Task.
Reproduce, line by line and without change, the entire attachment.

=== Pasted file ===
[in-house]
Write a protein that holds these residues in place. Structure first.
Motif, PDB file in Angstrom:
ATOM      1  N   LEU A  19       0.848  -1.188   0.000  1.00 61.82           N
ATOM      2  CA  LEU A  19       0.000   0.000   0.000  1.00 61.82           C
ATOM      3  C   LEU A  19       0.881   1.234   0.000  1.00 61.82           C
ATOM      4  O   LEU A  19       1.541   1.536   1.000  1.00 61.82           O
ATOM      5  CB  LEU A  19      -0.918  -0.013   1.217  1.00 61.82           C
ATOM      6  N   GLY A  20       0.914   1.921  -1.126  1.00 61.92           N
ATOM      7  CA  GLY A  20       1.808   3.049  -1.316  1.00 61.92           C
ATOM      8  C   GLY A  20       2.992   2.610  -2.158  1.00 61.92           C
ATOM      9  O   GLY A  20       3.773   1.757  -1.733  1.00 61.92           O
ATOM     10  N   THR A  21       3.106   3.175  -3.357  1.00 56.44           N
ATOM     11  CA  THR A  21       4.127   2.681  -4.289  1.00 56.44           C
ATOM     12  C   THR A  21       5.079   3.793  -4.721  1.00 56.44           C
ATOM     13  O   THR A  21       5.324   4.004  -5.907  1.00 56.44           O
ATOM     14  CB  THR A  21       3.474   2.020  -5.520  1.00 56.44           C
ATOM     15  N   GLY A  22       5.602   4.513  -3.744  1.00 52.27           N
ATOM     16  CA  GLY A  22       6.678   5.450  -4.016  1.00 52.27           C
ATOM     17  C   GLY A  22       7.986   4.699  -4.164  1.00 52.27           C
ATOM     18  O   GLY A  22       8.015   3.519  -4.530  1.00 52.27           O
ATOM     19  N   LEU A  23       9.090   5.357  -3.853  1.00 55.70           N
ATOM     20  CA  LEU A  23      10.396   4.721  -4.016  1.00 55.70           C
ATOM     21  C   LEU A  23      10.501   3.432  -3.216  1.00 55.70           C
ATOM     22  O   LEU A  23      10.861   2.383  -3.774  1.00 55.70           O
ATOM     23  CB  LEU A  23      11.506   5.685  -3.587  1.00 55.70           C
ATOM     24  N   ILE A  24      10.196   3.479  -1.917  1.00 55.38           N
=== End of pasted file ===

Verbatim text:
[in-house]
Write a protein that holds these residues in place. Structure first.
Motif, PDB file in Angstrom:
ATOM      1  N   LEU A  19       0.848  -1.188   0.000  1.00 61.82           N
ATOM      2  CA  LEU A  19       0.000   0.000   0.000  1.00 61.82           C
ATOM      3  C   LEU A  19       0.881   1.234   0.000  1.00 61.82           C
ATOM      4  O   LEU A  19       1.541   1.536   1.000  1.00 61.82           O
ATOM      5  CB  LEU A  19      -0.918  -0.013   1.217  1.00 61.82           C
ATOM      6  N   GLY A  20       0.914   1.921  -1.126  1.00 61.92           N
ATOM      7  CA  GLY A  20       1.808   3.049  -1.316  1.00 61.92           C
ATOM      8  C   GLY A  20       2.992   2.610  -2.158  1.00 61.92           C
ATOM      9  O   GLY A  20       3.773   1.757  -1.733  1.00 61.92           O
ATOM     10  N   THR A  21       3.106   3.175  -3.357  1.00 56.44           N
ATOM     11  CA  THR A  21       4.127   2.681  -4.289  1.00 56.44           C
ATOM     12  C   THR A  21       5.079   3.793  -4.721  1.00 56.44           C
ATOM     13  O   THR A  21       5.324   4.004  -5.907  1.00 56.44           O
ATOM     14  CB  THR A  21       3.474   2.020  -5.520  1.00 56.44           C
ATOM     15  N   GLY A  22       5.602   4.513  -3.744  1.00 52.27           N
ATOM     16  CA  GLY A  22       6.678   5.450  -4.016  1.00 52.27           C
ATOM     17  C   GLY A  22       7.986   4.699  -4.164  1.00 52.27           C
ATOM     18  O   GLY A  22       8.015   3.519  -4.530  1.00 52.27           O
ATOM     19  N   LEU A  23       9.090   5.357  -3.853  1.00 55.70           N
ATOM     20  CA  LEU A  23      10.396   4.721  -4.016  1.00 55.70           C
ATOM     21  C   LEU A  23      10.501   3.432  -3.216  1.00 55.70           C
ATOM     22  O   LEU A  23      10.861   2.383  -3.774  1.00 55.70           O
ATOM     23  CB  LEU A  23      11.506   5.685  -3.587  1.00 55.70           C
ATOM     24  N   ILE A  24      10.196   3.479  -1.917  1.00 55.38           N